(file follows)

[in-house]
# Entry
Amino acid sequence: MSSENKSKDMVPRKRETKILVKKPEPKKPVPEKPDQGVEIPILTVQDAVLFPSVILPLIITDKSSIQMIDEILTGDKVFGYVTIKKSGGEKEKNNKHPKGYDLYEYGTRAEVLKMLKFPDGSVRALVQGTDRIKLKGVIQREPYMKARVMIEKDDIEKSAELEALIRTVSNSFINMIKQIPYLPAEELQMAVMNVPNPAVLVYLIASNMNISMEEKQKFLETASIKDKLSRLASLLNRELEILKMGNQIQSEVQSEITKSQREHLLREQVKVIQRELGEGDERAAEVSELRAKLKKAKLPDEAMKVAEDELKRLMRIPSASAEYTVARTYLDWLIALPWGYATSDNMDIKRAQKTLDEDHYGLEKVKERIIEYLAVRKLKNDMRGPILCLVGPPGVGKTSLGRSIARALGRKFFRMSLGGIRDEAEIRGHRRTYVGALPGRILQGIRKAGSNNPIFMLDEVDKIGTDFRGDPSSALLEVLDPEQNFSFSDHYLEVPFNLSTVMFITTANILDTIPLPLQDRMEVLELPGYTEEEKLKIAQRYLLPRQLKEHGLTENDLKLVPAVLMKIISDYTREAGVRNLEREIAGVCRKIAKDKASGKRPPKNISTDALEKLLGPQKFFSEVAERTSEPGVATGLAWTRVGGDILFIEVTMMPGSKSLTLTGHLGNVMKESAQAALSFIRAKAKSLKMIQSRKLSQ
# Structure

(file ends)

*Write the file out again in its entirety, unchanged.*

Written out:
[in-house]
# Entry
Amino acid sequence: MSSENKSKDMVPRKRETKILVKKPEPKKPVPEKPDQGVEIPILTVQDAVLFPSVILPLIITDKSSIQMIDEILTGDKVFGYVTIKKSGGEKEKNNKHPKGYDLYEYGTRAEVLKMLKFPDGSVRALVQGTDRIKLKGVIQREPYMKARVMIEKDDIEKSAELEALIRTVSNSFINMIKQIPYLPAEELQMAVMNVPNPAVLVYLIASNMNISMEEKQKFLETASIKDKLSRLASLLNRELEILKMGNQIQSEVQSEITKSQREHLLREQVKVIQRELGEGDERAAEVSELRAKLKKAKLPDEAMKVAEDELKRLMRIPSASAEYTVARTYLDWLIALPWGYATSDNMDIKRAQKTLDEDHYGLEKVKERIIEYLAVRKLKNDMRGPILCLVGPPGVGKTSLGRSIARALGRKFFRMSLGGIRDEAEIRGHRRTYVGALPGRILQGIRKAGSNNPIFMLDEVDKIGTDFRGDPSSALLEVLDPEQNFSFSDHYLEVPFNLSTVMFITTANILDTIPLPLQDRMEVLELPGYTEEEKLKIAQRYLLPRQLKEHGLTENDLKLVPAVLMKIISDYTREAGVRNLEREIAGVCRKIAKDKASGKRPPKNISTDALEKLLGPQKFFSEVAERTSEPGVATGLAWTRVGGDILFIEVTMMPGSKSLTLTGHLGNVMKESAQAALSFIRAKAKSLKMIQSRKLSQ
# Structure